Managing Overwhelm: Part 2 Outside-In
Overwhelm is something we all experience at times, although almost all of my clients experience it acutely at this time of year with the compression of the Holidays, wrapping up their goals for the year, and planning for the new cycle. It is why this two-part series (click here for Part 1) is particularly apropos right now.
Overwhelm comes in many shapes and sizes, and generally falls into two buckets:
- “Inside-out”, which I wrote about in the last post. The metaphor for this is the oxygen mask on the airplane – identifying what you need to be your best self and taking action to put that oxygen mask on yourself before everyone else around you.
- “Outside-in”, which is multifaceted and focuses on how you navigate and engage with stakeholders, requests and deliverables outside yourself. The biggest areas that consistently surface are in time management (sounds so rudimentary, right?) and setting clear boundaries (making powerful requests, recontracting commitments, saying no). Today’s post will focus on how we manage our time and priorities.
Most people report feeling they have no “white space” or buffer time. They feel their calendar (and life!) are not their own, they have almost no time or space to think, and incessant distractions from others (Do you have a minute? Can you please look at this in the next five minutes and provide thoughtful input?) or themselves (one word – notifications!) prevent space to think, focus and act strategically. A client just mentioned she was looking forward to vacation so she could “have my brain to myself.”
This is a great time of year for a calendar overhaul.
A client of mine and I were meeting this time last year. She had just received a promotion to lead a team where she no longer had deep expertise and needed to assess, reorg, recruit and build a high performing team and extend her stakeholder impact.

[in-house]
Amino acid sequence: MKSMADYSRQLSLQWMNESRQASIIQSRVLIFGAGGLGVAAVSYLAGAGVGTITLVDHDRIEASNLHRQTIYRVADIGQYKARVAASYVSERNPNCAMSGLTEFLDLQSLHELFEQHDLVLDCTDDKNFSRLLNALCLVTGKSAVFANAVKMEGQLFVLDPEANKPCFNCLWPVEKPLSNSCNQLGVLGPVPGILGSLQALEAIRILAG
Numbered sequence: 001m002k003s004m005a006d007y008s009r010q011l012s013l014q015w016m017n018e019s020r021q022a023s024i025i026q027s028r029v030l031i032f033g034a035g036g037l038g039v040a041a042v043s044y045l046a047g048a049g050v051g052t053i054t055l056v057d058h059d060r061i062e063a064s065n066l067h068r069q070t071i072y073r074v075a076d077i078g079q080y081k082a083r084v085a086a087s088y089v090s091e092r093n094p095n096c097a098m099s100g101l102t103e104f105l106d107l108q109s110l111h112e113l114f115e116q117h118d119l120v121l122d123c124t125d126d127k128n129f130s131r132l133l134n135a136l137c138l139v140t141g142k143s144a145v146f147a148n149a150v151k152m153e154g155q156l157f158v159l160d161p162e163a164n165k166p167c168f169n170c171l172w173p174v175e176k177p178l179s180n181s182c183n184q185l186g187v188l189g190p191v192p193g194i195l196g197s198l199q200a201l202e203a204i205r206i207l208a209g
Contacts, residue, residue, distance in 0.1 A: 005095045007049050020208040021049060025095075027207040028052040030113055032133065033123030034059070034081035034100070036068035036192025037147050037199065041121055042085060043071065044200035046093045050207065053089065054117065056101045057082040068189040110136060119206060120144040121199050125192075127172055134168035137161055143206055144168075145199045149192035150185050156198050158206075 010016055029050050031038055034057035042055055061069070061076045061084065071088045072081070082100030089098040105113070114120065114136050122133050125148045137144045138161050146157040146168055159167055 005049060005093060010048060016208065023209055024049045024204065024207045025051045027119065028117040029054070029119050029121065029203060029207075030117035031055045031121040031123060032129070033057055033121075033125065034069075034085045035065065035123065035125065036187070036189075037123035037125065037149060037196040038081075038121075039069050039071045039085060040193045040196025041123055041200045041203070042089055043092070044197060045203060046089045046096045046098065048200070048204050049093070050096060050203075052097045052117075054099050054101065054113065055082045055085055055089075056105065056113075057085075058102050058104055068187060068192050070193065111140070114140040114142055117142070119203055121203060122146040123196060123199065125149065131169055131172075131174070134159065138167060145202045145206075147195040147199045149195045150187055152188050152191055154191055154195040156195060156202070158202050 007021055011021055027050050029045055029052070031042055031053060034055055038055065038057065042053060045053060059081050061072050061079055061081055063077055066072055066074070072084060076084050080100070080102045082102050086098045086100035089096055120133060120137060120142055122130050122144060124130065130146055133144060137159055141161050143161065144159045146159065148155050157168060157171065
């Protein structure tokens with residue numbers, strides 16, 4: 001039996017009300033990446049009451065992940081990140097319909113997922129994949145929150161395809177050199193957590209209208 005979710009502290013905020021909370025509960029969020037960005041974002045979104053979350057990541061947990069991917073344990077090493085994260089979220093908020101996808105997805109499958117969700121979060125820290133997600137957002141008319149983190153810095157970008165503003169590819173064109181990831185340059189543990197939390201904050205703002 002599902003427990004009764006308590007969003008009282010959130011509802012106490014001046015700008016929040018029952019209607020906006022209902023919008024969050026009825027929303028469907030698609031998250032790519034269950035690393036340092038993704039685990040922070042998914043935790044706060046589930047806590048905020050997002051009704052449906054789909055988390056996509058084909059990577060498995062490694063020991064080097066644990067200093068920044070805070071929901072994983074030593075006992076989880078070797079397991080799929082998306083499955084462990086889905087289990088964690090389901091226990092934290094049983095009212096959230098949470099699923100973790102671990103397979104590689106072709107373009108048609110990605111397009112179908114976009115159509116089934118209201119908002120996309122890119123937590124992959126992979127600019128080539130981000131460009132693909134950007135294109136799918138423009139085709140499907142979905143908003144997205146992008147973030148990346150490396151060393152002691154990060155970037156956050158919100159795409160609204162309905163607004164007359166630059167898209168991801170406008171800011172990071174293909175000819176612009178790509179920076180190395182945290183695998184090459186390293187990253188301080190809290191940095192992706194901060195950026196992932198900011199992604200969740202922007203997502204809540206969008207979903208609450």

At that December breakfast, her first obstacle was time. No time to think, create, or focus, resulting in anxiety and overwhelm.
Identify your “oxygen mask”
We started by identifying her “oxygen mask” or her Inside-Out areas (from Part 1) that needed attention. Within a week she had a Peloton, buy-in from her spouse on her schedule and a personal commitment to do what was necessary to be her best self. One day this year at 3pm she was eating her “dinner” during a call, because she was exercising on the way home and was committed to not skipping dinner, as she might have done in the past.
Next, we conducted a “Calendar Overhaul.” We looked at her calendar, which felt like a sinking boat. I think of this as “right-sizing her leadership.”
First, we emptied out all commitments as of Jan 1 and she thoughtfully added back in the “must-haves”. This included stakeholder meetings and other non-negotiable commitments.
Then, she thoughtfully added in the necessary blocks:
- Time with herself: Monday morning, Friday afternoon, during the week to focus strategically, etc.
- Time with others: direct reports, recruiting interviews, key stakeholders (we made a list of the fewest, critical people), etc.